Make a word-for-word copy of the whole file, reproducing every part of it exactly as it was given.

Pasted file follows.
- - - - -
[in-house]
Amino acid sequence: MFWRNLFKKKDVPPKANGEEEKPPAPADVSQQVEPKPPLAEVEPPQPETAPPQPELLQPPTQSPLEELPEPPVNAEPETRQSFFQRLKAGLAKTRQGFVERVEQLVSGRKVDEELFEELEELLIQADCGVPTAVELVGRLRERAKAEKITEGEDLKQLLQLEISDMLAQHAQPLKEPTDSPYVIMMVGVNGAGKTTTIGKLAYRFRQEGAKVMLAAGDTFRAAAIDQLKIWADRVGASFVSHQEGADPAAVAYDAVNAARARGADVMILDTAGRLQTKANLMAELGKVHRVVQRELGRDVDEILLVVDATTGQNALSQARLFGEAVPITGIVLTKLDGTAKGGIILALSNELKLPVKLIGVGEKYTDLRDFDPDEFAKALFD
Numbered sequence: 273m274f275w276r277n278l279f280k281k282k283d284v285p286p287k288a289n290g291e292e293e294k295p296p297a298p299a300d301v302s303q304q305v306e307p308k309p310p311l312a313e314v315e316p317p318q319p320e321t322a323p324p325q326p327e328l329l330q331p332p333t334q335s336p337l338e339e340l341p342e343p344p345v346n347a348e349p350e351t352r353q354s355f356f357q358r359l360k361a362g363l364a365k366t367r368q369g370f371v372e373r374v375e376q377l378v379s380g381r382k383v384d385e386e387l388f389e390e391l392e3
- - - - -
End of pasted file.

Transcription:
[in-house]
Amino acid sequence: MFWRNLFKKKDVPPKANGEEEKPPAPADVSQQVEPKPPLAEVEPPQPETAPPQPELLQPPTQSPLEELPEPPVNAEPETRQSFFQRLKAGLAKTRQGFVERVEQLVSGRKVDEELFEELEELLIQADCGVPTAVELVGRLRERAKAEKITEGEDLKQLLQLEISDMLAQHAQPLKEPTDSPYVIMMVGVNGAGKTTTIGKLAYRFRQEGAKVMLAAGDTFRAAAIDQLKIWADRVGASFVSHQEGADPAAVAYDAVNAARARGADVMILDTAGRLQTKANLMAELGKVHRVVQRELGRDVDEILLVVDATTGQNALSQARLFGEAVPITGIVLTKLDGTAKGGIILALSNELKLPVKLIGVGEKYTDLRDFDPDEFAKALFD
Numbered sequence: 273m274f275w276r277n278l279f280k281k282k283d284v285p286p287k288a289n290g291e292e293e294k295p296p297a298p299a300d301v302s303q304q305v306e307p308k309p310p311l312a313e314v315e316p317p318q319p320e321t322a323p324p325q326p327e328l329l330q331p332p333t334q335s336p337l338e339e340l341p342e343p344p345v346n347a348e349p350e351t352r353q354s355f356f357q358r359l360k361a362g363l364a365k366t367r368q369g370f371v372e373r374v375e376q377l378v379s380g381r382k383v384d385e386e387l388f389e390e391l392e3